ERIC Number: ED122265
Record Type: RIE
Publication Date: 1976
Reference Count: 0
Language Difference and Reading.
Zintz, Miles V.
Linguacentrism, or Language-centeredness in the public schools, works to the disadvantage of all non-standard speakers, but especially Indian children. Compensatory education models direct attention away from the school system itself, and place blame on the assumed "deficits" of the non-standard speaker. An examination of Navajo children's learning habits reveals not only a language difference, but a significant variation in learning style. The recognition of these culturally determined learning styles is essential for educators. For bilingual schools, the maintenance model, which provides instruction in both languages throughout the educational process, is more satisfactory than the transition model, which seeks to phase the non-standard speaker into the English-speaking system. Multilingual/multicultural schools encourage reading development by utilizing familiar cultural goals, values, and settings. In the case of cultures with a limited written tradition, the oral tradition can be encouraged and literacy in the original language can take precedence over mastery of the school's language. (KS)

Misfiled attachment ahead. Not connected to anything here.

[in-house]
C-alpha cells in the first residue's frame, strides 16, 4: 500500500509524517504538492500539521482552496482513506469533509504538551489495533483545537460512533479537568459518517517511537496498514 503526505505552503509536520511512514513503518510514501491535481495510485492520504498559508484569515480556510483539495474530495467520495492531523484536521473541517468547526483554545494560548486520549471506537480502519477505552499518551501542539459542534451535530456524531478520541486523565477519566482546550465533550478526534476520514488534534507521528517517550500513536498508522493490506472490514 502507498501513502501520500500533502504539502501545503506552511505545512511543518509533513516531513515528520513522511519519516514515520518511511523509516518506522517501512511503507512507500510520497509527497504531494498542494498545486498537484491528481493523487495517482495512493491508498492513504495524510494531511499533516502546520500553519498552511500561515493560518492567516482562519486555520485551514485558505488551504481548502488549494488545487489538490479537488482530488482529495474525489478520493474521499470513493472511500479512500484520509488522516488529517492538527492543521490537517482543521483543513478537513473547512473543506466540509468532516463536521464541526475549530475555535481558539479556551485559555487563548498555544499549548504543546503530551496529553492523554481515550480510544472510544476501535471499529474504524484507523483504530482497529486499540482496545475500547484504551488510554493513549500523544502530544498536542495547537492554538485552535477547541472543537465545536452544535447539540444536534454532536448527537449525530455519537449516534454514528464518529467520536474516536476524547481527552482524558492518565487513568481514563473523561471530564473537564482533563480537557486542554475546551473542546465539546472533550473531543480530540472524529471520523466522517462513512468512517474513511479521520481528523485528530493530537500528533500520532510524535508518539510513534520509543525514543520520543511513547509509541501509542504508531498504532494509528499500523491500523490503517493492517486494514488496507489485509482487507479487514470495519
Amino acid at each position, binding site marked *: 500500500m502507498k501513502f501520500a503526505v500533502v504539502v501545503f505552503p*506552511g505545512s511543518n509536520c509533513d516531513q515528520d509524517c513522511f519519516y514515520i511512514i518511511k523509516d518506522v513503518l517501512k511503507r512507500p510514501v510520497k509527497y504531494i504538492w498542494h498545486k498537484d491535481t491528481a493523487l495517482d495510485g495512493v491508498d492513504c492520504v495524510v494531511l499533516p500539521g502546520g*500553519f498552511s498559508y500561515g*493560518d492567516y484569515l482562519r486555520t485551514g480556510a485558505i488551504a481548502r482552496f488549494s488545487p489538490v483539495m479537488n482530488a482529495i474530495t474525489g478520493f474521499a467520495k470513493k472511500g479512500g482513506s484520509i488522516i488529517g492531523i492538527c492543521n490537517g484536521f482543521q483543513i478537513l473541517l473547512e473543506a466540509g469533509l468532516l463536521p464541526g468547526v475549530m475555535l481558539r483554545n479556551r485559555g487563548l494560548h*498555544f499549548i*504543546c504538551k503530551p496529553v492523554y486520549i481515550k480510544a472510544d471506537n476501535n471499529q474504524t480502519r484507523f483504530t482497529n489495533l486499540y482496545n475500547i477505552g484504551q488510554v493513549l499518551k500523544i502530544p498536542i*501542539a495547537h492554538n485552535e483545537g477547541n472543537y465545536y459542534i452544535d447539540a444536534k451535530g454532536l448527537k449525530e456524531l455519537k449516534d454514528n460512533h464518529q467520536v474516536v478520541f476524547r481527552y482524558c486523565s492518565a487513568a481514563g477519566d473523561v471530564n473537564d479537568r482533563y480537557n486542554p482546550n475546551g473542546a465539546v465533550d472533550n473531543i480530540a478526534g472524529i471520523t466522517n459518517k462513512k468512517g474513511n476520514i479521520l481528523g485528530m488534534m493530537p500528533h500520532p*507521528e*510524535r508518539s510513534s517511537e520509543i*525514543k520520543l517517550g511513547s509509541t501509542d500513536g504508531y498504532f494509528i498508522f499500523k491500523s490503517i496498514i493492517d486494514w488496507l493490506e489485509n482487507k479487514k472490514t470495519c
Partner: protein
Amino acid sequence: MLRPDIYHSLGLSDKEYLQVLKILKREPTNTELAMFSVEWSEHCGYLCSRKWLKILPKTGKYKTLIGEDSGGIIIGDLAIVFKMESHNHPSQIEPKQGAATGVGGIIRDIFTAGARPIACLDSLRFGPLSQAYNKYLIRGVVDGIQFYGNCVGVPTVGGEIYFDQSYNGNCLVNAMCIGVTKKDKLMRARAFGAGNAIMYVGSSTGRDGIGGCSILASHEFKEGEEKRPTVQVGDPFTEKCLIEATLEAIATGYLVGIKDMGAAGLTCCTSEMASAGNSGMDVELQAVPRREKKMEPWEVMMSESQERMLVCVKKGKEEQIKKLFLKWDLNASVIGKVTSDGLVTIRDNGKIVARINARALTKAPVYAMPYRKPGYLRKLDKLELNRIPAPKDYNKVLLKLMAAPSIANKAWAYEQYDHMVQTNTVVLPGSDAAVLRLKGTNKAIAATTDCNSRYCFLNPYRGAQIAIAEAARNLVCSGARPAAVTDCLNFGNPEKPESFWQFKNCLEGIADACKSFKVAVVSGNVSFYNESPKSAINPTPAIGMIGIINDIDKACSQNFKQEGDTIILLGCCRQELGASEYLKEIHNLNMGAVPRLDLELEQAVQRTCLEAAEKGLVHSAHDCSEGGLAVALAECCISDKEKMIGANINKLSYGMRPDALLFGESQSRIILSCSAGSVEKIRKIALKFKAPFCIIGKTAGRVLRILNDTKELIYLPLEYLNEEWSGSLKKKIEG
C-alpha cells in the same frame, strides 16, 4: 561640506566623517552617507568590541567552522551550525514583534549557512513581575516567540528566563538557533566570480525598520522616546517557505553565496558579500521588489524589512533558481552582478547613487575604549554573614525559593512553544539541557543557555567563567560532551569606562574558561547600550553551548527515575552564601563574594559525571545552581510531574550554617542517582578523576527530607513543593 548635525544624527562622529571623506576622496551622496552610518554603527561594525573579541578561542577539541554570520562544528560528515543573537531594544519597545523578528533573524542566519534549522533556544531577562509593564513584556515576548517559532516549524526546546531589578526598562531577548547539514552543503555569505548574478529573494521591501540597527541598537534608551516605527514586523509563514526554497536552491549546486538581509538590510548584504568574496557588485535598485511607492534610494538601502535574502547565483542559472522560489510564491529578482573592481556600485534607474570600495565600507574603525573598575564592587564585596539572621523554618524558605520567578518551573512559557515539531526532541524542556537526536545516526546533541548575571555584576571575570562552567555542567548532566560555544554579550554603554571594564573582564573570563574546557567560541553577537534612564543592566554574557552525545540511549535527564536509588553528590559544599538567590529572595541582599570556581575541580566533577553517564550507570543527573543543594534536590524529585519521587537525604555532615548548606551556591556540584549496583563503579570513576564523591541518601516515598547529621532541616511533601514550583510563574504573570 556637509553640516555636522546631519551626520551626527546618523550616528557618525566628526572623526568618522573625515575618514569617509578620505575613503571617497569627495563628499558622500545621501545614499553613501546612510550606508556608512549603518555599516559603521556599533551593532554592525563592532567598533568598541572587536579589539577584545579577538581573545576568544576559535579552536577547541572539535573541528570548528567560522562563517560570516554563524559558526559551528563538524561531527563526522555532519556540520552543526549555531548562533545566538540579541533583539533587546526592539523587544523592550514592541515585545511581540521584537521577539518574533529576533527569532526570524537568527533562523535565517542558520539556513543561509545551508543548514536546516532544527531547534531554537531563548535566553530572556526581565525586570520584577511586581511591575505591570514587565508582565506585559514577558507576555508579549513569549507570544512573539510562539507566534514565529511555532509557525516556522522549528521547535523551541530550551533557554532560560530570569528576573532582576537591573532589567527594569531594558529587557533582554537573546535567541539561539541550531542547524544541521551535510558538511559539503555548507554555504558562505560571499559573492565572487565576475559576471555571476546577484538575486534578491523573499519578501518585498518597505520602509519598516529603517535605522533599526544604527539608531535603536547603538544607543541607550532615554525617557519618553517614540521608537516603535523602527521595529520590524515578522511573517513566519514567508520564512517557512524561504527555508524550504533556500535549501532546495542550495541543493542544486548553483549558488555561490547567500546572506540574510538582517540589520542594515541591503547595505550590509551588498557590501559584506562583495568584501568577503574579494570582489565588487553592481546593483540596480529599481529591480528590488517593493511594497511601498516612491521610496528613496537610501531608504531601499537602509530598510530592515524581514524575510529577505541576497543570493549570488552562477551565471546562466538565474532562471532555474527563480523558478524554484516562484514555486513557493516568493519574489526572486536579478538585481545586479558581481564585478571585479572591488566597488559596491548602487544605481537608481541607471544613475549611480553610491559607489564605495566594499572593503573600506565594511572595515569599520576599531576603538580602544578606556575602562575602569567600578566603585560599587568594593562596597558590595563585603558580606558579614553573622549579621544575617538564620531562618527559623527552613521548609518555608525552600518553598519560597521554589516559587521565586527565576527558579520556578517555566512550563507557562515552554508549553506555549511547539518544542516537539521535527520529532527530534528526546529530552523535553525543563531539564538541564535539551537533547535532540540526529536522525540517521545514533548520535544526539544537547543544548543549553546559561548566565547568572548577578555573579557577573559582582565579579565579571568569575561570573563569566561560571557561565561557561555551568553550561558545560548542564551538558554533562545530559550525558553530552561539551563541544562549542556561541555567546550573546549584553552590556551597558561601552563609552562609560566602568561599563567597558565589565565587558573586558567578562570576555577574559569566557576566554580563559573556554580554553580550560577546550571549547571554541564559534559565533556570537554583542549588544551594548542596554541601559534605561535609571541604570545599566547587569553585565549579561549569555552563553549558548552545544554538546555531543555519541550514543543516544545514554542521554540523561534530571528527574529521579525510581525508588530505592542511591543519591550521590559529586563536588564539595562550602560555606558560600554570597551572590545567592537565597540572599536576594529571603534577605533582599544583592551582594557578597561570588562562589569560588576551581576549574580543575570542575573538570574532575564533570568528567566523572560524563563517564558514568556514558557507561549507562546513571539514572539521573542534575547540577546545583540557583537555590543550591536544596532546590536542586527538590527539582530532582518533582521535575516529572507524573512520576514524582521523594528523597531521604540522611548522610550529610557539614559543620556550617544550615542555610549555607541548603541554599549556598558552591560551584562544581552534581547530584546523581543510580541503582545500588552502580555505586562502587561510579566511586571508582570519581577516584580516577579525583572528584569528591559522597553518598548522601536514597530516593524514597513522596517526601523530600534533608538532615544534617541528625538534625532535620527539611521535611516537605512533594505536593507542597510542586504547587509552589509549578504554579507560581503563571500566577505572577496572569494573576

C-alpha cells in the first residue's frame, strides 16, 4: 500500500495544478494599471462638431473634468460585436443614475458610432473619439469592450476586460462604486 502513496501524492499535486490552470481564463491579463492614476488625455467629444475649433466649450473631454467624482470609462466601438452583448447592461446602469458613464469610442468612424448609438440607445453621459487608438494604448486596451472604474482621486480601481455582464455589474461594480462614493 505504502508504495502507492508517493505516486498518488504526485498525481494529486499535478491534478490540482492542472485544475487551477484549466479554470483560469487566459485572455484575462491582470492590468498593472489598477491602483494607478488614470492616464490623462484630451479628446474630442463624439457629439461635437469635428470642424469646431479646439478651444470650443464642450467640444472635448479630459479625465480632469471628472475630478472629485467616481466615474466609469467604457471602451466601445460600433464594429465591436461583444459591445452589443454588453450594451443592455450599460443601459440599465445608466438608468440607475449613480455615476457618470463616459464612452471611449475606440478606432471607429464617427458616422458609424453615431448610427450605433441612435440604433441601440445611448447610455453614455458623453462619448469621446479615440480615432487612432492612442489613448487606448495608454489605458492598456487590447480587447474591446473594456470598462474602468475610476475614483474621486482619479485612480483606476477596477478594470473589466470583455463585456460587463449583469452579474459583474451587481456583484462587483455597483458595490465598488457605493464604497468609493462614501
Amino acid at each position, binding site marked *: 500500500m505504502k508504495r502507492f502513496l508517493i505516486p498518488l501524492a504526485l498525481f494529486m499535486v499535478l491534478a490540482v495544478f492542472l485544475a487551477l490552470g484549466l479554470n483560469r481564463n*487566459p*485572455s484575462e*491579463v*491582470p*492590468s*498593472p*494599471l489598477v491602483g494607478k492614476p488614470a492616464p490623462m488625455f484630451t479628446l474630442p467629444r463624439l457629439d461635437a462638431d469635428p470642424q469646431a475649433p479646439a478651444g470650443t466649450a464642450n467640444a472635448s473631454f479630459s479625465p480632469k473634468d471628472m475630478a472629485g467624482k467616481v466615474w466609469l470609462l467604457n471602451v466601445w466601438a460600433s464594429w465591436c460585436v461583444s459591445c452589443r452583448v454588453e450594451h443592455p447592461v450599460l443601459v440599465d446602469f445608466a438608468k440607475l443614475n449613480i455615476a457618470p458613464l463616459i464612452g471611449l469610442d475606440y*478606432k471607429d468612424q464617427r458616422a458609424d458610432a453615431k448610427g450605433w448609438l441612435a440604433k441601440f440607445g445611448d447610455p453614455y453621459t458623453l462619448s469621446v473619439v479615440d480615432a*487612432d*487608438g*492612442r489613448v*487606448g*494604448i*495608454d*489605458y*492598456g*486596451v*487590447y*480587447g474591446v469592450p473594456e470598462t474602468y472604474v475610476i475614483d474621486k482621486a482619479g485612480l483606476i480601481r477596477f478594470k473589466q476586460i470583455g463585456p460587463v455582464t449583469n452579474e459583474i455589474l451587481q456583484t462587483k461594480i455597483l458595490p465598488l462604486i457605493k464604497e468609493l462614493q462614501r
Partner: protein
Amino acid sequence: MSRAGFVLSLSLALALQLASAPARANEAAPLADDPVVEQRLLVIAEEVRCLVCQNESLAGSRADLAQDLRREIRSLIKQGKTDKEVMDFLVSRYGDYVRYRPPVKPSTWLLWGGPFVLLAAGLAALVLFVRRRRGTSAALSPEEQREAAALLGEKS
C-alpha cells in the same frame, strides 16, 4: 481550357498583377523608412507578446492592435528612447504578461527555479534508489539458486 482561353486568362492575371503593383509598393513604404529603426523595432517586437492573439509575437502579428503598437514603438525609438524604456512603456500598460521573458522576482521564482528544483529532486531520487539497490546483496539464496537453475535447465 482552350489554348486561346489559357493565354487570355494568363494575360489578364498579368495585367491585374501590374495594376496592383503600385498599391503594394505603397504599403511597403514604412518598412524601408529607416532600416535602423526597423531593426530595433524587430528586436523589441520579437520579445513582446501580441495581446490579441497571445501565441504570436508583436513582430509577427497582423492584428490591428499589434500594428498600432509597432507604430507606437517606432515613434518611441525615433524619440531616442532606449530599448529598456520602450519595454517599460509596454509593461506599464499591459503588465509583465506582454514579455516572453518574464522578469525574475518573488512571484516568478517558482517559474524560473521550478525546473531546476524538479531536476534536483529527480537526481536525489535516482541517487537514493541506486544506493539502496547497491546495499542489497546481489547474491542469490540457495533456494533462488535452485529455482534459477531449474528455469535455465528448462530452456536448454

Publication Type: Speeches/Meeting Papers
Education Level: N/A
Authoring Institution: N/A
Note: Paper presented at the Annual Meeting of the International Reading Association (21st, Anaheim, California, May 1976)